The biggest family capital-linked deal of 2018 in terms of monetary value was Keurig Green Mountain’s acquisition of the Dr Pepper Snapple Group in January for $19 billion as well as equity considerations. Coffee specialist Keurig Green Mountain is owned by JAB Holdings, the private investment group of the Reimann family.
Another sizable deal in 2018 was Jacob Holding’s, the private investment group of the Klaus Jacob, acquisition of Cognita, a global schools group, for an unconfirmed $2.7 billion. Jacob bought the group from Bregal Investment, the London-based investment office of the Brenninkmeijer family, and private equity group KKR.
Susanne Klatten, Germany’s richest woman, and her investment office, SKion, also did one of the most interesting and sizable deals of 2018. SKion along with one of its portfolio companies, Altana, backed Landa Digital Printing, an Israel-based group set up by one of the country’s most successful entrepreneurs, Benny Landa. Skion backed Landa Digital Printing with funding worth $300 million in June.
Family to family
Koch Equity Development’s move to buy a sizable minority stake in Getty Images showed all the hallmarks of a classic family capital investment deal, with two prominent families coming together to guarantee the long-term success of a family business. The investment group owned by Koch Industries is investing $500 million in Seattle-based Getty Images for a non-controlling investment in the company.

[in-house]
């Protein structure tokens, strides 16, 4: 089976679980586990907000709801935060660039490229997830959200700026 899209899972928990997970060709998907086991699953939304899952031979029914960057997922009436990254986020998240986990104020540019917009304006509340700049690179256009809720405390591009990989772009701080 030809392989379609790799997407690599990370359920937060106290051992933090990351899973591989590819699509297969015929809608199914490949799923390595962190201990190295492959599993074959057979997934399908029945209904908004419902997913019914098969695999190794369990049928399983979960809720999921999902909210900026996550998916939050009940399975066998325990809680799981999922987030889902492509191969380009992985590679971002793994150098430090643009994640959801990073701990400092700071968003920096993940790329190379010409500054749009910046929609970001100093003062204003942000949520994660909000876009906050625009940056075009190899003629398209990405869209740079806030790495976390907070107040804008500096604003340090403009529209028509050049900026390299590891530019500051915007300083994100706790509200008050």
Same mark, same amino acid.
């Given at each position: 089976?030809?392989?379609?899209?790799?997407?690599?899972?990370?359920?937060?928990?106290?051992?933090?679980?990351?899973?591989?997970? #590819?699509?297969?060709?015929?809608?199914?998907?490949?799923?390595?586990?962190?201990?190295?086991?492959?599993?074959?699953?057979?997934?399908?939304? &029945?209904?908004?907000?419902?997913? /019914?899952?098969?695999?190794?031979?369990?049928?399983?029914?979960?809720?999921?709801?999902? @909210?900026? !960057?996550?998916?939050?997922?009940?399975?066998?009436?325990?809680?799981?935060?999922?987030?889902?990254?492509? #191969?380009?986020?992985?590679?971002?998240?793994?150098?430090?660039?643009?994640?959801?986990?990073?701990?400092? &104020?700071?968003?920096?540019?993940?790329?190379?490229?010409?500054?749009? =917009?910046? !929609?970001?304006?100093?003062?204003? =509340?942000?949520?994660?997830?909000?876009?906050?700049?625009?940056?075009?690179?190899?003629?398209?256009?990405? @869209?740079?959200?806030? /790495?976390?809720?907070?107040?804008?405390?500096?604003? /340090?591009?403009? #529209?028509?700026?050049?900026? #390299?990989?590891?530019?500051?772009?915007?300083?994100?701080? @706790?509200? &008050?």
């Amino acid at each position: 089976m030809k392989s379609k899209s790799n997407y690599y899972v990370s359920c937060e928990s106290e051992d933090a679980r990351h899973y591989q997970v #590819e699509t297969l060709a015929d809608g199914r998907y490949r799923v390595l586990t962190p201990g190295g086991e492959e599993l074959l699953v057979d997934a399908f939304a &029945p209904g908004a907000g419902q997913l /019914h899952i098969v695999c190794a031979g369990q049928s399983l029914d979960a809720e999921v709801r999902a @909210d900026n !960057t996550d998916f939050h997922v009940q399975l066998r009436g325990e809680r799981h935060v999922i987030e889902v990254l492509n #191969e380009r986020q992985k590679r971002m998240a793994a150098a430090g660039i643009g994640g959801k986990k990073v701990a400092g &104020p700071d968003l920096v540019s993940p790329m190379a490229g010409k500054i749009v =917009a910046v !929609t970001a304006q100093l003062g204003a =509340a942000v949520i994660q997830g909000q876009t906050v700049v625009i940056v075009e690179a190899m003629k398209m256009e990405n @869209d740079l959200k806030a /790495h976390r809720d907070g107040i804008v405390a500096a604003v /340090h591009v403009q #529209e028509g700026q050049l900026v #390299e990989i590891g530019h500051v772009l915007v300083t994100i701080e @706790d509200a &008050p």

Interogo Holdings, an investment-led foundation structure and holding company linked to the Kamprad family who owns Ikea, bought in October a $190 million stake in H&M, the Swedish fashion retail group owned by the Persson family.
Zoma Capital, a private investment office founded by Lucy Ana and husband Ben Walton, a member of America’s wealthiest dynasty the Walton family who owns Walmart, made waves in the family investment world in 2018. In October, Zoma backed Canadian cleantech investment company Amp Solar Group with a sum of C$200 million. Two months earlier, Zoma teamed up with Vision Ridge Partners to buy a minority stake for $130 million in Colorado-based Guzman Energy, a wholesale power, energy trading and hedging service company. In December, Zoma also backed software group Techtonic and cloud platform Tendril. Expect to hear a lot more about Zoma in the future.
Kinnevik AB, the Swedish investment group owned by the Stenbeck, Klingspor and von Horn families, has been very active in 2018. Kinnevik led nine investments into venture/startups during the year worth more than $500 million.
The phoenix rises
Some wondered whether Alwaleed Bin Talal’s arrest and detention in Saudi Arabia in late 2017 would severely affect his investment group Kingdom Holding Company’s ability to function. But those fears were assuaged when Bin Talal was released in early 2018, and Kingdom Holdings began to invest again. Notable deals by Kingdom Holdings in 2018 included buying a minority stake in French-based music streaming group Deezer and paying $250 million for a 2.3% stake in Snapchat.
New investment opportunities